The 170 students who lived at Rabbit Ridge also lived on the Internet, and poor service forced Wade to reset modems at least three or four times a day. No matter how often Wade called each company’s customer service line, there was no end in sight to the infuriating Internet outages.
“They simply did not have the amount of bandwidth needed in the area,” said Wade. “It was a nightmare. Both companies were just a nightmare to work with.”
Then in November 2008, Wade decided to splurge. It cost him $25,000 to buy a high-speed connection to BalsamWest FiberNET, a Sylva-based telecommunications carrier.
Wade footed the entire construction bill for physically hooking up to BalsamWest’s 300-mile fiberoptic network.
“It was the best 25 grand I’ve ever spent,” said Wade, adding that now, there are no more outages at Rabbit Ridge.
But not everyone in Western North Carolina is lucky enough to be within spitting distance from BalsamWest’s fiber network — or rich enough to afford the thousands it would usually take to connect initially.
“If I was just a homeowner, it wouldn’t make sense,” said Wade. “But because I was a business and I had 170 kids, it made total sense.”
See also: Internet could be key to economic development in WNC
Over in the Nantahala Gorge, Juliet Kastorff, owner of Endless River Adventures, is still struggling with her own Internet woes. The outfitter is still using a snail-paced service via satellite. It’s the company’s one and only option.
“It’s so unreliable and so slow,” said Kastorff. “Considering three years ago, there wasn’t even cell phone reception in the gorge, I’m not entirely surprised.”
Kastorff said she’s encountered high-speed wireless in some of the world’s remote places.
“In South America, wireless and cell phone service is easily 100 percent better,” Kastorff said. “So we’re talking about developing countries that have more progressive infrastructure than we have in WNC.”
In a rural and mountainous area like Western North Carolina, telecommunications service is bound to be a challenge. But solutions, like BalsamWest, are slowly creeping up.
Million-dollar federal grants and millions more matching funds from nonprofits like the Golden LEAF Foundation will slowly bring high-speed Internet to rural counties like Haywood, Jackson, Macon and Swain in the next three years.
WNC can be said to fall into the middle-mile phase on the path to quick and reliable Internet. Most people talk about middle-mile to last-mile connectivity by using road analogies.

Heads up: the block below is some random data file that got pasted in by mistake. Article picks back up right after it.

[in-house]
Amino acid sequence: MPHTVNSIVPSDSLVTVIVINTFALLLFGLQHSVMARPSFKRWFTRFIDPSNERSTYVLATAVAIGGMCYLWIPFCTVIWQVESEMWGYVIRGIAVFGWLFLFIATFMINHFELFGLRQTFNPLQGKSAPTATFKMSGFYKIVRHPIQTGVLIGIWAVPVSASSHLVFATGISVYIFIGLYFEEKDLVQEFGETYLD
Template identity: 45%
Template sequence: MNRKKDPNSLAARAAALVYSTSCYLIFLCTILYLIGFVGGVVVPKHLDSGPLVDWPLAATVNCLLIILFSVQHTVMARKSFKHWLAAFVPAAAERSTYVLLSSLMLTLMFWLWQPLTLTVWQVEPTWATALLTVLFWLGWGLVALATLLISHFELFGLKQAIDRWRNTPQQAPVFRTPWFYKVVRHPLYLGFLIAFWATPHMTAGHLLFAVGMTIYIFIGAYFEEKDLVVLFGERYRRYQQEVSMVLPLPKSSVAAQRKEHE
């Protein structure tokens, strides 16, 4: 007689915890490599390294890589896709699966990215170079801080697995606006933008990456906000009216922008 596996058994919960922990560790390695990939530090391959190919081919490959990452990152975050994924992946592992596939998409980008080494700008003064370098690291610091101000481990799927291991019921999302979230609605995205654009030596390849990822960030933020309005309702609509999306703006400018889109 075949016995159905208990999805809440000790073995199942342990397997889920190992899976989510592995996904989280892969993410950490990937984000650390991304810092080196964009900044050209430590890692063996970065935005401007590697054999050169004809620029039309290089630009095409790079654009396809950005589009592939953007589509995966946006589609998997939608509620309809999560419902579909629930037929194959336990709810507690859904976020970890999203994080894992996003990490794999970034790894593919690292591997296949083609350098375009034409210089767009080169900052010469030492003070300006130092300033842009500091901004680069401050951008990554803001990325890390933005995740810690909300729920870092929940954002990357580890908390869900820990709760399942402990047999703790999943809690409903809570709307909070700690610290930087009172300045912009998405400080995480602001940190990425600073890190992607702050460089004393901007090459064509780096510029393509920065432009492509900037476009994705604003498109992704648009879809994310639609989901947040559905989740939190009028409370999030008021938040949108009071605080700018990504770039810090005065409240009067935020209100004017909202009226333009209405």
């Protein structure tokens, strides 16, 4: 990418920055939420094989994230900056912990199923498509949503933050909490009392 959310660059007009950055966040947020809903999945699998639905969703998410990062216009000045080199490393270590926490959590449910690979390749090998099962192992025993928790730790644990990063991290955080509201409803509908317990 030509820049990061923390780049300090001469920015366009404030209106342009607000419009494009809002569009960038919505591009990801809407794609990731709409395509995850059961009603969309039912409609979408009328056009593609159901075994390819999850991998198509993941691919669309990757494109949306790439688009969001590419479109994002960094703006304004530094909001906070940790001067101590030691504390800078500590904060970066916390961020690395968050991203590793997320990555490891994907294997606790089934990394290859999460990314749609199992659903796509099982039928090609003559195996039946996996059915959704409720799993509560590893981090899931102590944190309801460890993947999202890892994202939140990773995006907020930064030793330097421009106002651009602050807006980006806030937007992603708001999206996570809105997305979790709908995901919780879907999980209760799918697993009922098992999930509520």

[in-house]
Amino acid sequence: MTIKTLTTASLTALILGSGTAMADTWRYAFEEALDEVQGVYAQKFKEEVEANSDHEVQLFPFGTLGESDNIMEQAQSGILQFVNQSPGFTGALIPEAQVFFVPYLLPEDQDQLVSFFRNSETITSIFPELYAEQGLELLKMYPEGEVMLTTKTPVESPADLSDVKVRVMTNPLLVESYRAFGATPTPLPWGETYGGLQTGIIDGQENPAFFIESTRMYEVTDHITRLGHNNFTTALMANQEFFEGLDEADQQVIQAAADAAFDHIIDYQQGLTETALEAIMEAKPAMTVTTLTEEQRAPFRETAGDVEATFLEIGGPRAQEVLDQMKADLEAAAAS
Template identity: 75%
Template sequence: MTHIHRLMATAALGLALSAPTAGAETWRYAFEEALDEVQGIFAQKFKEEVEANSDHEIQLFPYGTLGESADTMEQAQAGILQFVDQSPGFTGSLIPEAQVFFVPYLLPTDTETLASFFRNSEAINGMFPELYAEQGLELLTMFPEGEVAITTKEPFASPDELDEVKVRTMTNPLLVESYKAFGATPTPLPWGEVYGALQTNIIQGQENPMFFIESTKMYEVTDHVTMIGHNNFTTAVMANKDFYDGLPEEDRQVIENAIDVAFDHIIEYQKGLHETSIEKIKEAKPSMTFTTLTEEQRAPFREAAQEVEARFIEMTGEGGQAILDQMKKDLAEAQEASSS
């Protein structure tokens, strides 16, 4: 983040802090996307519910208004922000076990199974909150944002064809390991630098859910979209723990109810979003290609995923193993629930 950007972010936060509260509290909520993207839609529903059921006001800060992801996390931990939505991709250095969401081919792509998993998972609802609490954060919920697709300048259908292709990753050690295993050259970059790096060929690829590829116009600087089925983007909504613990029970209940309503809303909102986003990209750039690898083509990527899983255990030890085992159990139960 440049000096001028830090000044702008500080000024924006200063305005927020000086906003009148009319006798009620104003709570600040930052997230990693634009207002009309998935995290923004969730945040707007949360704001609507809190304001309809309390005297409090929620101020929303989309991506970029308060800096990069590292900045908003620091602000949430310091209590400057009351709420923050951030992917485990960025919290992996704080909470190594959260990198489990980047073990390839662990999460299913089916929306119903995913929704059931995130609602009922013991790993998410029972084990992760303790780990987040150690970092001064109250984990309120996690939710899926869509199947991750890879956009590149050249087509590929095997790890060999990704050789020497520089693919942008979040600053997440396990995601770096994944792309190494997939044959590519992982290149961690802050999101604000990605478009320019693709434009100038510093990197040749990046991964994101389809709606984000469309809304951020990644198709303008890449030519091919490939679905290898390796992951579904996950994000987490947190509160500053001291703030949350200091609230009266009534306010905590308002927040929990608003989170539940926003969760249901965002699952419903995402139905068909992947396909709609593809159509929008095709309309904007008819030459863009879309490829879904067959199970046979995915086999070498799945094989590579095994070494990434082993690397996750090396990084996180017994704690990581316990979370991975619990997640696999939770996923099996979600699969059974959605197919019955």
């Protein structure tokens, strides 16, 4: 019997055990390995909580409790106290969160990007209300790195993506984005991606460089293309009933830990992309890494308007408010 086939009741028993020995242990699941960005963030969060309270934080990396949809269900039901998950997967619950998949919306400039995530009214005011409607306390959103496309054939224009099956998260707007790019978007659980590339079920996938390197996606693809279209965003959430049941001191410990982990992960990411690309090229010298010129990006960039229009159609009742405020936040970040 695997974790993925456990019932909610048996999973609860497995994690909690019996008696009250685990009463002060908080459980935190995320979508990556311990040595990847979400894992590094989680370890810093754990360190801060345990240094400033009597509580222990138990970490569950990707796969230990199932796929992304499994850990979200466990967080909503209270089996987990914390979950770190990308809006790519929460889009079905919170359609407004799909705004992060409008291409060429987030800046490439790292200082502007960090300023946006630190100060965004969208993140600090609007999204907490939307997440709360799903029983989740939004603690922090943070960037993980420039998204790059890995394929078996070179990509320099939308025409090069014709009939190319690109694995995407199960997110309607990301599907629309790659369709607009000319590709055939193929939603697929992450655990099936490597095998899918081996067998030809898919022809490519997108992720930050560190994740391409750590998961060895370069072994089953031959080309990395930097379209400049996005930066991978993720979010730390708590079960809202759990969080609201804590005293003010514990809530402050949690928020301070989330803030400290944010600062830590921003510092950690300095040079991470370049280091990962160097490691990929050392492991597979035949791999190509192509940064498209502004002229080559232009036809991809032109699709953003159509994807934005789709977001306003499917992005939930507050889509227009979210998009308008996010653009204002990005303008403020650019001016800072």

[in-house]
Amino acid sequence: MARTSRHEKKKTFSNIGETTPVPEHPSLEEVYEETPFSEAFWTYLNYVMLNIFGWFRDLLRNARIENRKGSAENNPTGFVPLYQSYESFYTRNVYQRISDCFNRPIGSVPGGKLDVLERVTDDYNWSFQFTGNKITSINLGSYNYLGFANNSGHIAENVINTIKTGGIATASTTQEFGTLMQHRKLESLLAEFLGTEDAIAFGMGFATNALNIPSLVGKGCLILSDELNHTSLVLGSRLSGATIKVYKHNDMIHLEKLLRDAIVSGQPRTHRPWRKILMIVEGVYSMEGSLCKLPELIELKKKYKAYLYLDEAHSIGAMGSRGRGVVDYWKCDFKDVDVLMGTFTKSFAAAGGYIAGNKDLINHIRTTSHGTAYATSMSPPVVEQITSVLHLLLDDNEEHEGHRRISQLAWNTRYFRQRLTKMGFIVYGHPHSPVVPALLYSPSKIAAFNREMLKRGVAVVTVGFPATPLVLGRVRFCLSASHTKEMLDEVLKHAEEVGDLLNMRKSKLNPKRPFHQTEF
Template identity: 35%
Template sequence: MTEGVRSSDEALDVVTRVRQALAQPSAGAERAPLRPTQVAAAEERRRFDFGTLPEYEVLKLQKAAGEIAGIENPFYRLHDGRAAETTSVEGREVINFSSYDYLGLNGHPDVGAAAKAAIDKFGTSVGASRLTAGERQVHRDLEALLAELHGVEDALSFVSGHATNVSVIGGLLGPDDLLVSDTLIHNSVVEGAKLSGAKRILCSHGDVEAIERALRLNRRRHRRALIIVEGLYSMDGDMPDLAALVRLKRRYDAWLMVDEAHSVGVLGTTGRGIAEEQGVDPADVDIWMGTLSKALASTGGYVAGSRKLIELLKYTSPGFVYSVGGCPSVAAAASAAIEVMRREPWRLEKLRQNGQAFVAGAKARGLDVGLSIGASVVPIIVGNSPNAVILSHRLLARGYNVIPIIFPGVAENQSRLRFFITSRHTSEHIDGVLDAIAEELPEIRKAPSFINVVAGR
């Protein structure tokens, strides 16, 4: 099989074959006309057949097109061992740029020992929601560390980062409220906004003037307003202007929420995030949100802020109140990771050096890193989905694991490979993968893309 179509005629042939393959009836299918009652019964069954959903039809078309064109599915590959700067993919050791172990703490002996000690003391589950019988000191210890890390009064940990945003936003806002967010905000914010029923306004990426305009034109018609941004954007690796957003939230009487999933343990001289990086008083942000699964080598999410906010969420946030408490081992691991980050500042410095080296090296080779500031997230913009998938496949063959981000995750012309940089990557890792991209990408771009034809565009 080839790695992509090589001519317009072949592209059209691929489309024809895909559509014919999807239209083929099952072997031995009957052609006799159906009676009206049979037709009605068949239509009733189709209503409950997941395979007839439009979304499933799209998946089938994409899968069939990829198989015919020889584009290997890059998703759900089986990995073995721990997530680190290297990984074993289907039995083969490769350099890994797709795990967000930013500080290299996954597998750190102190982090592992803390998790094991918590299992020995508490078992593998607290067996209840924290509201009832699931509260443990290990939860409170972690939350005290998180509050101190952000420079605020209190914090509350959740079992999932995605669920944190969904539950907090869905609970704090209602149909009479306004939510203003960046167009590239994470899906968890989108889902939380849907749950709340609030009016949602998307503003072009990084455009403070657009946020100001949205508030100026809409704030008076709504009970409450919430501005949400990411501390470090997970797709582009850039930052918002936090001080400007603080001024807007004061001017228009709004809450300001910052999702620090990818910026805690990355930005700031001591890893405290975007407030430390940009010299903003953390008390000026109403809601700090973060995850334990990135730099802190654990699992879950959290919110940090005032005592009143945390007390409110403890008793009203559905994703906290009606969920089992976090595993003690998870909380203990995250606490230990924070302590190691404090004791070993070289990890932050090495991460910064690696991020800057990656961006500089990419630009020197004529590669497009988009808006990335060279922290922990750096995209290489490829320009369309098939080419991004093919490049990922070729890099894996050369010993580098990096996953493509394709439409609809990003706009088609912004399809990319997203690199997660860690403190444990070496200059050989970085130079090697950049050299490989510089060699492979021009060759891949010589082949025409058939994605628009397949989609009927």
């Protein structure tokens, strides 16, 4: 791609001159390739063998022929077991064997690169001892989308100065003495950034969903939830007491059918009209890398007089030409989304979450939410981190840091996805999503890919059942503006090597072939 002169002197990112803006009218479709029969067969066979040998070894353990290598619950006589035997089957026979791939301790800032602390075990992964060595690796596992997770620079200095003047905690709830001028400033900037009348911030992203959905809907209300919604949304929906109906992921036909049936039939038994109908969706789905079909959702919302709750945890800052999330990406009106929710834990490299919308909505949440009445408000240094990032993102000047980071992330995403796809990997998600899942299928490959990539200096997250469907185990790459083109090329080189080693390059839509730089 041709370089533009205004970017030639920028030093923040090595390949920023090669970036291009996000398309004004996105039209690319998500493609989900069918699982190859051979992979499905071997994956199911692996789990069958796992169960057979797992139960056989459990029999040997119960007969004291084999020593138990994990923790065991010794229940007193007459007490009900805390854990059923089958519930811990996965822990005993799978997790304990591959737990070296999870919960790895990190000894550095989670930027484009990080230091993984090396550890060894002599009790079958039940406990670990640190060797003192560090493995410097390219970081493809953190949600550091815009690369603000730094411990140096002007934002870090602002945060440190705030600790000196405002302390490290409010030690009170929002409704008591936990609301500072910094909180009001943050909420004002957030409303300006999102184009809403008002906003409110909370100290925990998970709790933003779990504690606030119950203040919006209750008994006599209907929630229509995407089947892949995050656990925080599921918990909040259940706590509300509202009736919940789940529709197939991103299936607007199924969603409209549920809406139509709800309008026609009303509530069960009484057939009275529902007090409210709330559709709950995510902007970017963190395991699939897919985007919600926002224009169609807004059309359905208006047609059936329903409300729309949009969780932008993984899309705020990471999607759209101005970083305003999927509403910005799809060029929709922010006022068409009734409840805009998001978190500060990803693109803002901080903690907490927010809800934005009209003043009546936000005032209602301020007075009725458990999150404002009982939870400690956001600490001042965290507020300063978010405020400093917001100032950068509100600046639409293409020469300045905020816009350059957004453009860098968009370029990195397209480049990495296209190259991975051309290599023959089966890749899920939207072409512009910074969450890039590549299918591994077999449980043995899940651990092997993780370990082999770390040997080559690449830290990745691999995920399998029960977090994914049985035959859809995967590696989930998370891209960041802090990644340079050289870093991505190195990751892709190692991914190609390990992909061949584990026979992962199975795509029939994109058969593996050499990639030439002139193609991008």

“Middle-mile is more like the highway instead of the off-ramp that goes to your home,” said Hunter Goosmann, general manager of the nonprofit ERC Broadband. “The off-ramp is the last mile.”
“You can’t go down the dirt road until you get off the paved road,” said John Howell, owner of Telecommunications Consulting Associates in Waynesville. “And right now, the paved road is being built.”
Middle-mile solutions, like BalsamWest, usually target anchor institutions in a community, like schools, hospitals, libraries, government offices and only major companies. BalsamWest, which is jointly owned by the Eastern Band of Cherokee Indians and Macon County-based Drake Enterprises, focuses on providing Internet service to businesses found within its fiber footprint in the six counties west of the Balsam Mountains (Jackson, Macon, Swain, Cherokee, Clay and Graham counties).
“We’re not in the business of building out to everybody’s homes,” said BalsamWest CEO David Hubbs.
The reasons that BalsamWest and other telecoms have not tackled the last-mile part are primarily financial. Most companies would have to put up millions of dollars to build infrastructure, only to have a relatively sparse number of customers.
Government help is on the way, however.
Soon, nonprofit MCNC will begin work on a $111 million broadband fiber project that will install 1,448 miles of new fiber through 69 of the most rural counties in North Carolina. BalsamWest and ERC are both major partners in the initiative. Particularly important to WNC will be the fiber link constructed in Haywood County.
Mark Clasby, economic development director for Haywood, said it’s been his priority to get Haywood connected to the fiber networks found east in Asheville and west of the Balsams.
“It’s essential we get this done,” said Clasby. “We’re kind of like the hole in the donut. It’s critical for our future that we have some type of system.”
Gene Winters, CFO of MedWest, a collective of hospitals in Haywood, Jackson and Swain counties, said the connection would save his company at least half a million dollars.